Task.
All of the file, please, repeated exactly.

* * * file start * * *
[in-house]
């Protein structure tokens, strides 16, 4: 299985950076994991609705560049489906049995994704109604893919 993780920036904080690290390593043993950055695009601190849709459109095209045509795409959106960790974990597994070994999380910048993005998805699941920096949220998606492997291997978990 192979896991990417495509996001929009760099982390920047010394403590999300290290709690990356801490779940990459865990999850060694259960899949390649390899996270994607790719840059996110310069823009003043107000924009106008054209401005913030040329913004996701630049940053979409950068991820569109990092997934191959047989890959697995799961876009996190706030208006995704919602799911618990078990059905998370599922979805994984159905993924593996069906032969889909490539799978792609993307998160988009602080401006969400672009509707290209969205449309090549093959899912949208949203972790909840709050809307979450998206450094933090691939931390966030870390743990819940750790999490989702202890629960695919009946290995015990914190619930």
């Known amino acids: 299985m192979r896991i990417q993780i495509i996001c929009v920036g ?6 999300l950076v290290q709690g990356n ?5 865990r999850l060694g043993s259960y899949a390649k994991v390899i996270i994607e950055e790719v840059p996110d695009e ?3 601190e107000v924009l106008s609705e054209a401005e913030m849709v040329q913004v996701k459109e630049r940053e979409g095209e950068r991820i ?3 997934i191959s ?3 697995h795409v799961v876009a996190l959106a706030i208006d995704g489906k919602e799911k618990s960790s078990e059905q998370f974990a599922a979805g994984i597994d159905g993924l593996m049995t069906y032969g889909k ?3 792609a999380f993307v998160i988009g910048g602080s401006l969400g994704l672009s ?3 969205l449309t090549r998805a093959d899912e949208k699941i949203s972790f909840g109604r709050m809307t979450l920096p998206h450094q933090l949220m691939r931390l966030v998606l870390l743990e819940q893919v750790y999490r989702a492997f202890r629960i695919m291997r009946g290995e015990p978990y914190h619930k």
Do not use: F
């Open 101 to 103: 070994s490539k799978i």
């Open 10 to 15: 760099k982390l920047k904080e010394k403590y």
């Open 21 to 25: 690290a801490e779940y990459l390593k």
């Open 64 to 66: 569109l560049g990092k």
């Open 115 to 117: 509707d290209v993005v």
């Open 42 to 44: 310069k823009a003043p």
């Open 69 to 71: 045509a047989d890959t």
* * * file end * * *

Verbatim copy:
[in-house]
């Protein structure tokens, strides 16, 4: 299985950076994991609705560049489906049995994704109604893919 993780920036904080690290390593043993950055695009601190849709459109095209045509795409959106960790974990597994070994999380910048993005998805699941920096949220998606492997291997978990 192979896991990417495509996001929009760099982390920047010394403590999300290290709690990356801490779940990459865990999850060694259960899949390649390899996270994607790719840059996110310069823009003043107000924009106008054209401005913030040329913004996701630049940053979409950068991820569109990092997934191959047989890959697995799961876009996190706030208006995704919602799911618990078990059905998370599922979805994984159905993924593996069906032969889909490539799978792609993307998160988009602080401006969400672009509707290209969205449309090549093959899912949208949203972790909840709050809307979450998206450094933090691939931390966030870390743990819940750790999490989702202890629960695919009946290995015990914190619930």
């Known amino acids: 299985m192979r896991i990417q993780i495509i996001c929009v920036g ?6 999300l950076v290290q709690g990356n ?5 865990r999850l060694g043993s259960y899949a390649k994991v390899i996270i994607e950055e790719v840059p996110d695009e ?3 601190e107000v924009l106008s609705e054209a401005e913030m849709v040329q913004v996701k459109e630049r940053e979409g095209e950068r991820i ?3 997934i191959s ?3 697995h795409v799961v876009a996190l959106a706030i208006d995704g489906k919602e799911k618990s960790s078990e059905q998370f974990a599922a979805g994984i597994d159905g993924l593996m049995t069906y032969g889909k ?3 792609a999380f993307v998160i988009g910048g602080s401006l969400g994704l672009s ?3 969205l449309t090549r998805a093959d899912e949208k699941i949203s972790f909840g109604r709050m809307t979450l920096p998206h450094q933090l949220m691939r931390l966030v998606l870390l743990e819940q893919v750790y999490r989702a492997f202890r629960i695919m291997r009946g290995e015990p978990y914190h619930k």
Do not use: F
């Open 101 to 103: 070994s490539k799978i």
């Open 10 to 15: 760099k982390l920047k904080e010394k403590y």
């Open 21 to 25: 690290a801490e779940y990459l390593k």
């Open 64 to 66: 569109l560049g990092k």
């Open 115 to 117: 509707d290209v993005v």
């Open 42 to 44: 310069k823009a003043p």
């Open 69 to 71: 045509a047989d890959t």